EDIT: And the computer port may only provide as little as 500mA itself, making almost no current available at 12V.
 

BobaMosfet

Joined Jul 1, 2009
1,896
I am trying to make a second monitor out of my old laptop screen. I have the control board already and it works, but I want to make it more compact. The screen takes a 12V power supply to power it, but I want to make it powered by plugging it into the USB port on the computer. My idea was to get a usb A male to usb C male cable on the computer and plug that into a Usb C female to AC adapter.

I’ve been looking for integrated power delivery cables but I’m having a really hard time finding one that’s 12 Volts. I know I can’t just take a 12V adapter, cut the plug, and replace it with a USB C Female bc the voltage would be too low. Can I take a usb c male to dc and cut the male end off and replace it with a usb c female or does that not work?

Does anyone know where I can find the integrated cable? I’d rather not solder since I have no experience with soldering nor do I have a soldering iron
@TheGuyMain This is premised on using 5VDC USB to 12VDC Display. If the Display requires AC. that is a whole different problem.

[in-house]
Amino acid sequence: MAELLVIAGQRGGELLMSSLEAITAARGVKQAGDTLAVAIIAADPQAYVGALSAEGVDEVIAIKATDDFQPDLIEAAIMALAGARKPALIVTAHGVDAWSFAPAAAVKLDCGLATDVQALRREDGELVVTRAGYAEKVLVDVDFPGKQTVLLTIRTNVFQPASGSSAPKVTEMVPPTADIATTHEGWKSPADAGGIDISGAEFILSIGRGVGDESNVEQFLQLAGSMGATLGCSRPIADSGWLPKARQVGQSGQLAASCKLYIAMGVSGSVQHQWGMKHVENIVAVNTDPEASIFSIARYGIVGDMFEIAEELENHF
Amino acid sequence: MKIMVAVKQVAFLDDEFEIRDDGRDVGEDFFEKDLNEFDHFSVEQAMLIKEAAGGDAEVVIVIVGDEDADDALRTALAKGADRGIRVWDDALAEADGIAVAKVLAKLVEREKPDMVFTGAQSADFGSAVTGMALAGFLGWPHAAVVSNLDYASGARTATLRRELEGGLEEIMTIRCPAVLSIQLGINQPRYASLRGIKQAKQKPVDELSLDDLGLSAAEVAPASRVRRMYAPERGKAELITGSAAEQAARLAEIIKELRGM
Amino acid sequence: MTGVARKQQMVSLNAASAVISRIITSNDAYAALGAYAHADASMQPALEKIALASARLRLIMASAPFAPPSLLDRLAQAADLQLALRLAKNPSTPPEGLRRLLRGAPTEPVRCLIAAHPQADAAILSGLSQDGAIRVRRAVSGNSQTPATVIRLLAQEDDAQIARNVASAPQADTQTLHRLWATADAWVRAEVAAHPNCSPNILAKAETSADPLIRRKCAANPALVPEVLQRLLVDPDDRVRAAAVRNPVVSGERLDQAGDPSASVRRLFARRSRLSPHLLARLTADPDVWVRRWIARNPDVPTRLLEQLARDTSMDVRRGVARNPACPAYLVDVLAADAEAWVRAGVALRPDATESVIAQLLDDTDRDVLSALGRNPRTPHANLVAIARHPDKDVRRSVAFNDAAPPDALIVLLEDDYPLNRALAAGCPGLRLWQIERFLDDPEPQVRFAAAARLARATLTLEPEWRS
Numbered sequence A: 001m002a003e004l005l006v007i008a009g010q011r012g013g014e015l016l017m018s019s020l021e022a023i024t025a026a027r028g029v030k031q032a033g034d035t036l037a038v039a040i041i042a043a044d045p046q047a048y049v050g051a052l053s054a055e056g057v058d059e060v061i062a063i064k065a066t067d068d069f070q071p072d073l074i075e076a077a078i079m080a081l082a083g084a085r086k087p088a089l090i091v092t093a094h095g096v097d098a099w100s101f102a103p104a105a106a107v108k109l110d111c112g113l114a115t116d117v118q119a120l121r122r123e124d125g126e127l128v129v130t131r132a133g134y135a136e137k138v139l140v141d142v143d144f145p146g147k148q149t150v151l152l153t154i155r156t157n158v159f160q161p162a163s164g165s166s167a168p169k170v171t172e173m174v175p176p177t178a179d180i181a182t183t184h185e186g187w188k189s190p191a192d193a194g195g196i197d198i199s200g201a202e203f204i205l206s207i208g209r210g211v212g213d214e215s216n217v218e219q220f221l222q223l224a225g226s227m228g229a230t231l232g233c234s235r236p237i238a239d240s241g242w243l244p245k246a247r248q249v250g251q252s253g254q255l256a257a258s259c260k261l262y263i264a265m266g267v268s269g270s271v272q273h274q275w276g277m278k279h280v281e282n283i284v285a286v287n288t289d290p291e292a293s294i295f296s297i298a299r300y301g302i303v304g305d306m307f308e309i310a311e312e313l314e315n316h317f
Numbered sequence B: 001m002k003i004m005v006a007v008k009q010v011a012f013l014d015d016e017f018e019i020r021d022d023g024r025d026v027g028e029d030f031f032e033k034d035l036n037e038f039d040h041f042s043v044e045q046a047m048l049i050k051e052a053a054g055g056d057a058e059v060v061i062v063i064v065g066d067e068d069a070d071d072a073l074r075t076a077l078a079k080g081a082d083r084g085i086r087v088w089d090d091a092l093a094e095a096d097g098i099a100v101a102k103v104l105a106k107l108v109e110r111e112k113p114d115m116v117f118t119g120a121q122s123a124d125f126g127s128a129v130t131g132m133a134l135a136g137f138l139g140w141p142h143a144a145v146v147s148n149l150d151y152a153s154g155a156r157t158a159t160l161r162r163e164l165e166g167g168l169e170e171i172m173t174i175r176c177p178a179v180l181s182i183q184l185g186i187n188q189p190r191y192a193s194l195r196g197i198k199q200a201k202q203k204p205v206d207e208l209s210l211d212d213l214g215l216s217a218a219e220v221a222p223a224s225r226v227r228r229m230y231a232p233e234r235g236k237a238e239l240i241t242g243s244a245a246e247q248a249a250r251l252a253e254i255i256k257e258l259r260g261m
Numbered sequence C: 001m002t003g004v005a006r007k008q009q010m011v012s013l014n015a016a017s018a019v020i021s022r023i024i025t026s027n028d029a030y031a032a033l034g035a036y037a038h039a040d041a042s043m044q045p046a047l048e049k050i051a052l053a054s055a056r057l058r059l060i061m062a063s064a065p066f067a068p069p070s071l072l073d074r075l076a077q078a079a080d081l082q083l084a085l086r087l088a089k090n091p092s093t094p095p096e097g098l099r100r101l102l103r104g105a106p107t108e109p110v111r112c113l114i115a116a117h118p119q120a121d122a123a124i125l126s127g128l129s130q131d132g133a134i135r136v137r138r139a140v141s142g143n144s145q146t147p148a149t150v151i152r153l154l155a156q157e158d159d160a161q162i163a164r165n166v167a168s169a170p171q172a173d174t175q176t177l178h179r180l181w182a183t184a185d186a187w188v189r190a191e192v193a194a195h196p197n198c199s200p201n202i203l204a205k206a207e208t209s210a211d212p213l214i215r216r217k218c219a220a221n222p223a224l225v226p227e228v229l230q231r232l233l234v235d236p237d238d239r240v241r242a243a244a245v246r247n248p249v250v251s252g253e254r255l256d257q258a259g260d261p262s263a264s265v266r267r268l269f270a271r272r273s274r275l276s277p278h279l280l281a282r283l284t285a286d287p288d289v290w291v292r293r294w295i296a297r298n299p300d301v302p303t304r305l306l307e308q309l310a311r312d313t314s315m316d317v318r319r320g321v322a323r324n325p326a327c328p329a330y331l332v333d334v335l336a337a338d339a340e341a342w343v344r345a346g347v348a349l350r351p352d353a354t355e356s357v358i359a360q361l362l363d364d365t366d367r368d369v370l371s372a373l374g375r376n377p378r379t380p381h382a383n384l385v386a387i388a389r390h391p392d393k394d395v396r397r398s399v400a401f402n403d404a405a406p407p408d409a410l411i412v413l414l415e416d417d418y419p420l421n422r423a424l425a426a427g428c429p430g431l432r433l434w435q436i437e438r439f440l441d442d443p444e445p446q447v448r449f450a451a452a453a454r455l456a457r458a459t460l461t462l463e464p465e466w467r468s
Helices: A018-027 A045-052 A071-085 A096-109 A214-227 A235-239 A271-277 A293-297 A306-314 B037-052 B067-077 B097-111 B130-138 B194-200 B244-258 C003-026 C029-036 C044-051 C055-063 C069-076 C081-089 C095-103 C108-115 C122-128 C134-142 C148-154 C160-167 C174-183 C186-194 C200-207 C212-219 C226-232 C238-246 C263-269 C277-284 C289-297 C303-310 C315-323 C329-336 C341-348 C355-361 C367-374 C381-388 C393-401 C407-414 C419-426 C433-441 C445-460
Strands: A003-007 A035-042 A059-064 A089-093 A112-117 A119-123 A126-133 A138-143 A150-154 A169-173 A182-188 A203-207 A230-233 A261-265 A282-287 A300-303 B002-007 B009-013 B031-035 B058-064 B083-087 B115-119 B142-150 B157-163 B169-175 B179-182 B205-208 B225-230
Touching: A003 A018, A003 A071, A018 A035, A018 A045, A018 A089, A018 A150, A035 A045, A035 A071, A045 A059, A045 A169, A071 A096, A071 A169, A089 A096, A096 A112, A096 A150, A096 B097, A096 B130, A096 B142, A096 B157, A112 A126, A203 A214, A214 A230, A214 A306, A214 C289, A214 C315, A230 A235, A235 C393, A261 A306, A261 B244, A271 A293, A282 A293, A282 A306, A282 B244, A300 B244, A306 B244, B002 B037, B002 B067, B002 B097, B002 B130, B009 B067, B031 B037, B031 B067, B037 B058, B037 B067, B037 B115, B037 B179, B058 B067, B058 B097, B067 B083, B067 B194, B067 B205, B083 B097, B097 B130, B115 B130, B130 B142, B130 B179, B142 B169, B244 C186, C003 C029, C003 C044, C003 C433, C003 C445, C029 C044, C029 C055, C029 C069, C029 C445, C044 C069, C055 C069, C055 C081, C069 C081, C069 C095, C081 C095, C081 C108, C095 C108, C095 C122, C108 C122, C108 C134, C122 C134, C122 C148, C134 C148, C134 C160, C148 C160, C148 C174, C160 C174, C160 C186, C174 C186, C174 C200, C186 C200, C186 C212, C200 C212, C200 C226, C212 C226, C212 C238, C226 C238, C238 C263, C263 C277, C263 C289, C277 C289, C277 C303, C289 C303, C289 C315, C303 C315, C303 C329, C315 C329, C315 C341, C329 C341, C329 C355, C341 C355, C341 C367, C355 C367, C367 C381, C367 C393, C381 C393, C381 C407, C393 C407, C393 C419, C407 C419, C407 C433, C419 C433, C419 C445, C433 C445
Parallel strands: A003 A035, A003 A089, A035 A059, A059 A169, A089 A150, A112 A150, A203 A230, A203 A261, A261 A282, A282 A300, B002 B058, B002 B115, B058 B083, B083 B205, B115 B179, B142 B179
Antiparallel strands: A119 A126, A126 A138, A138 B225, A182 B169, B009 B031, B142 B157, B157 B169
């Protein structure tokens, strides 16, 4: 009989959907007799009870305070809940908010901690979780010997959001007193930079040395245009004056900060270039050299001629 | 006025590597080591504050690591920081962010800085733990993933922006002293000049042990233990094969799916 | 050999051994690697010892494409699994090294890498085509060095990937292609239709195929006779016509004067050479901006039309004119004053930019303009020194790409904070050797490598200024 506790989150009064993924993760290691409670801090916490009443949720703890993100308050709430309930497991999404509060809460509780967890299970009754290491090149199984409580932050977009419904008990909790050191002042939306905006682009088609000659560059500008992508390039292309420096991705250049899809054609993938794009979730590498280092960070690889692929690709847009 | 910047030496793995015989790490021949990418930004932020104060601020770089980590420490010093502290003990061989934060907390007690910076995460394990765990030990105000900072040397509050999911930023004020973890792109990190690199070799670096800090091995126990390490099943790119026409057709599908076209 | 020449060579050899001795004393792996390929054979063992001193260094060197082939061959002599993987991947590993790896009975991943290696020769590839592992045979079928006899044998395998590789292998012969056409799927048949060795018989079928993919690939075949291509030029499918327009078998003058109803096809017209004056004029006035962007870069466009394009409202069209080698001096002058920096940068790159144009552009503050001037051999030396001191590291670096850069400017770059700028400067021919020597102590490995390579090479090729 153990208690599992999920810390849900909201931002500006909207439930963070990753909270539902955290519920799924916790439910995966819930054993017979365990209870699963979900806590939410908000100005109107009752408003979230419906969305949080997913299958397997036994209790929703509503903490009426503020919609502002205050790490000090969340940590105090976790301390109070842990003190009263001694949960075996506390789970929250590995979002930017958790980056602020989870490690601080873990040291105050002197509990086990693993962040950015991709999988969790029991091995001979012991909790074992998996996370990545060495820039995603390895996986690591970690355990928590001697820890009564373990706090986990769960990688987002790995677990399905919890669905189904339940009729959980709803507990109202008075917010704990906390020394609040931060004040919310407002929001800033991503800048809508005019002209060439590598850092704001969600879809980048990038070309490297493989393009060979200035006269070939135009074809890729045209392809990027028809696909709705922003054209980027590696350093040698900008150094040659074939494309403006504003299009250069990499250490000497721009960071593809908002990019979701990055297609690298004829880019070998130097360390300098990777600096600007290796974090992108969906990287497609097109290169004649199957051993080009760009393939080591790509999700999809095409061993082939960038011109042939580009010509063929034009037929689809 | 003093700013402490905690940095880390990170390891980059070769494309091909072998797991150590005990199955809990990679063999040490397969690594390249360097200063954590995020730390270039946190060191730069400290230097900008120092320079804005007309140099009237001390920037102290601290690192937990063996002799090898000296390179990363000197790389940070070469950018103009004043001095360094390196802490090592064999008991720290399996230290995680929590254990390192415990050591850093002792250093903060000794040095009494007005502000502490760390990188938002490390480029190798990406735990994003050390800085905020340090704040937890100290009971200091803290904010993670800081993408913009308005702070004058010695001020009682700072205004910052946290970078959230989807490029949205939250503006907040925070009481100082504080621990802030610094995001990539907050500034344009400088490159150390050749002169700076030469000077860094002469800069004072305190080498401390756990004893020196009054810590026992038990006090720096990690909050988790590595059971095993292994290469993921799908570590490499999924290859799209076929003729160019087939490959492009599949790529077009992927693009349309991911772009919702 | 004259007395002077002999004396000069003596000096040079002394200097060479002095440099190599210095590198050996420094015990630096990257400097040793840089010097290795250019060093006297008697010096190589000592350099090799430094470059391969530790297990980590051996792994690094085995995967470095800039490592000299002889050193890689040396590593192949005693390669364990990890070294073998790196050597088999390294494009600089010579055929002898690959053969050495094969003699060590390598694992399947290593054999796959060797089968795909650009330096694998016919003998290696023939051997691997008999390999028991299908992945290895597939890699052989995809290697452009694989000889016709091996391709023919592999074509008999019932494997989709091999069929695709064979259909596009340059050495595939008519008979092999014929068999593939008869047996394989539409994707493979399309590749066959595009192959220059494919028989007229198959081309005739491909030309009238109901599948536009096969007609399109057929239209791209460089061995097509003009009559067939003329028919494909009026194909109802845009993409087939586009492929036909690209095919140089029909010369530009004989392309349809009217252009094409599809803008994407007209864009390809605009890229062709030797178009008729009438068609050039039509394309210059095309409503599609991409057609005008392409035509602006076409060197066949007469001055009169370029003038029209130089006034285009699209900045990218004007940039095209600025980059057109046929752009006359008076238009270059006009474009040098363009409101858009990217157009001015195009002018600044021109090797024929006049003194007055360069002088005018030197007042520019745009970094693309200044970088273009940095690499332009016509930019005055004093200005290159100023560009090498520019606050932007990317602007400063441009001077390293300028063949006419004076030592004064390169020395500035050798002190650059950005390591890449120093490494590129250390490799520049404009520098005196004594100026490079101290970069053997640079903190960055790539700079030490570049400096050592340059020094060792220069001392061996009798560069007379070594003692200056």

If DC to DC, then: You have to answer the most important question- what is your screen rated at for wattage? Without knowing the voltage and the wattage, we cannot determine the current, or whether or not a DC;DC Boost converter would even work.

For example, let's say we make a 5 to 12V DC : DC BOOST Regulator using the ubiquitous MC34063A - As shown, it must be able to pull at least 1.475A from the USB port to get to 3W for the display (I just guessed your display needs 3W). That's why we need to know the Wattage rating of your display.

1624907203647.png

The 7.378W is what the IC has to handle to do the above.
 
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Thread Starter

TheGuyMain

Joined Jun 28, 2021
21
Yes, you need a much better picture. This one just creates more questions.
What exactly is the "PD controller" and how is it connected?